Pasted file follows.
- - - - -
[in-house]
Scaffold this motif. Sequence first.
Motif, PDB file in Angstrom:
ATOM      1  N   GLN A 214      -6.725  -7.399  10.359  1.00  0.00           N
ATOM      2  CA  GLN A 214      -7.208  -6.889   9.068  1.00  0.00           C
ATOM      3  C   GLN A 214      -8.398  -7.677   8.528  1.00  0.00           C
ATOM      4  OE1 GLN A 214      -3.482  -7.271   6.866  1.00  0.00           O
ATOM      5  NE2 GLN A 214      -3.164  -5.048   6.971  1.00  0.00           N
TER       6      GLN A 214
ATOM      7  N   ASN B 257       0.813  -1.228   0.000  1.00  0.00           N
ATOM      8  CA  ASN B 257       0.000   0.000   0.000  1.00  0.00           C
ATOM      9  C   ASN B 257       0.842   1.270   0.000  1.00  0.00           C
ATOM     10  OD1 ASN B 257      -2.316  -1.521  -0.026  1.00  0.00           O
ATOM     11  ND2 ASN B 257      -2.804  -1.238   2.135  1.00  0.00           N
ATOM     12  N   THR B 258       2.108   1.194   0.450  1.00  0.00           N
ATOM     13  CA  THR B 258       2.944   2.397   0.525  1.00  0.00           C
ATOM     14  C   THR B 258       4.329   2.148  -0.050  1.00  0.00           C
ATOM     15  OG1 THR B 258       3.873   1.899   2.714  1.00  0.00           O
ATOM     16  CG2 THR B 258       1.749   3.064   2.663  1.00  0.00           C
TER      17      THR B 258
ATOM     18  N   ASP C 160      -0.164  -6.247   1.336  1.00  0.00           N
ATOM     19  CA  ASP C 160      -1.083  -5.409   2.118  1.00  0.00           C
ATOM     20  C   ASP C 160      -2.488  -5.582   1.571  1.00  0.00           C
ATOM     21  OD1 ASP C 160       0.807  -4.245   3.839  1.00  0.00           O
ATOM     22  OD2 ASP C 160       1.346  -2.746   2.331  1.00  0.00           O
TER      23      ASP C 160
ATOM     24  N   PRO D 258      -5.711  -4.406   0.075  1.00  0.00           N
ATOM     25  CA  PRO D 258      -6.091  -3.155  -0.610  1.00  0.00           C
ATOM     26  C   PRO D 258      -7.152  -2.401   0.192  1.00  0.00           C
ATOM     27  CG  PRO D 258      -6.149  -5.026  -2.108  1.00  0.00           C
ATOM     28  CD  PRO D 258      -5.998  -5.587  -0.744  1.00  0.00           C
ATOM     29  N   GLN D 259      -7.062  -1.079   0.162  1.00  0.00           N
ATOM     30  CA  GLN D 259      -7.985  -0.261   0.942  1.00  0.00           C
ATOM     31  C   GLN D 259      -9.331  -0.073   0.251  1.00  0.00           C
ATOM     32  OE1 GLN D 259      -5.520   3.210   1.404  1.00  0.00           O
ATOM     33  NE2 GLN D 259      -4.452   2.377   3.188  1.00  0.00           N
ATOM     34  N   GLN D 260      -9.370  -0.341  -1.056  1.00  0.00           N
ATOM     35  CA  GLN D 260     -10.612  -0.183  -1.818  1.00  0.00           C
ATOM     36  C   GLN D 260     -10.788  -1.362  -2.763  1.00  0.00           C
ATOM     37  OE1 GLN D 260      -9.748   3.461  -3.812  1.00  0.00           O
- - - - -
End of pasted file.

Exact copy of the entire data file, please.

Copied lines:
[in-house]
Scaffold this motif. Sequence first.
Motif, PDB file in Angstrom:
ATOM      1  N   GLN A 214      -6.725  -7.399  10.359  1.00  0.00           N
ATOM      2  CA  GLN A 214      -7.208  -6.889   9.068  1.00  0.00           C
ATOM      3  C   GLN A 214      -8.398  -7.677   8.528  1.00  0.00           C
ATOM      4  OE1 GLN A 214      -3.482  -7.271   6.866  1.00  0.00           O
ATOM      5  NE2 GLN A 214      -3.164  -5.048   6.971  1.00  0.00           N
TER       6      GLN A 214
ATOM      7  N   ASN B 257       0.813  -1.228   0.000  1.00  0.00           N
ATOM      8  CA  ASN B 257       0.000   0.000   0.000  1.00  0.00           C
ATOM      9  C   ASN B 257       0.842   1.270   0.000  1.00  0.00           C
ATOM     10  OD1 ASN B 257      -2.316  -1.521  -0.026  1.00  0.00           O
ATOM     11  ND2 ASN B 257      -2.804  -1.238   2.135  1.00  0.00           N
ATOM     12  N   THR B 258       2.108   1.194   0.450  1.00  0.00           N
ATOM     13  CA  THR B 258       2.944   2.397   0.525  1.00  0.00           C
ATOM     14  C   THR B 258       4.329   2.148  -0.050  1.00  0.00           C
ATOM     15  OG1 THR B 258       3.873   1.899   2.714  1.00  0.00           O
ATOM     16  CG2 THR B 258       1.749   3.064   2.663  1.00  0.00           C
TER      17      THR B 258
ATOM     18  N   ASP C 160      -0.164  -6.247   1.336  1.00  0.00           N
ATOM     19  CA  ASP C 160      -1.083  -5.409   2.118  1.00  0.00           C
ATOM     20  C   ASP C 160      -2.488  -5.582   1.571  1.00  0.00           C
ATOM     21  OD1 ASP C 160       0.807  -4.245   3.839  1.00  0.00           O
ATOM     22  OD2 ASP C 160       1.346  -2.746   2.331  1.00  0.00           O
TER      23      ASP C 160
ATOM     24  N   PRO D 258      -5.711  -4.406   0.075  1.00  0.00           N
ATOM     25  CA  PRO D 258      -6.091  -3.155  -0.610  1.00  0.00           C
ATOM     26  C   PRO D 258      -7.152  -2.401   0.192  1.00  0.00           C
ATOM     27  CG  PRO D 258      -6.149  -5.026  -2.108  1.00  0.00           C
ATOM     28  CD  PRO D 258      -5.998  -5.587  -0.744  1.00  0.00           C
ATOM     29  N   GLN D 259      -7.062  -1.079   0.162  1.00  0.00           N
ATOM     30  CA  GLN D 259      -7.985  -0.261   0.942  1.00  0.00           C
ATOM     31  C   GLN D 259      -9.331  -0.073   0.251  1.00  0.00           C
ATOM     32  OE1 GLN D 259      -5.520   3.210   1.404  1.00  0.00           O
ATOM     33  NE2 GLN D 259      -4.452   2.377   3.188  1.00  0.00           N
ATOM     34  N   GLN D 260      -9.370  -0.341  -1.056  1.00  0.00           N
ATOM     35  CA  GLN D 260     -10.612  -0.183  -1.818  1.00  0.00           C
ATOM     36  C   GLN D 260     -10.788  -1.362  -2.763  1.00  0.00           C
ATOM     37  OE1 GLN D 260      -9.748   3.461  -3.812  1.00  0.00           O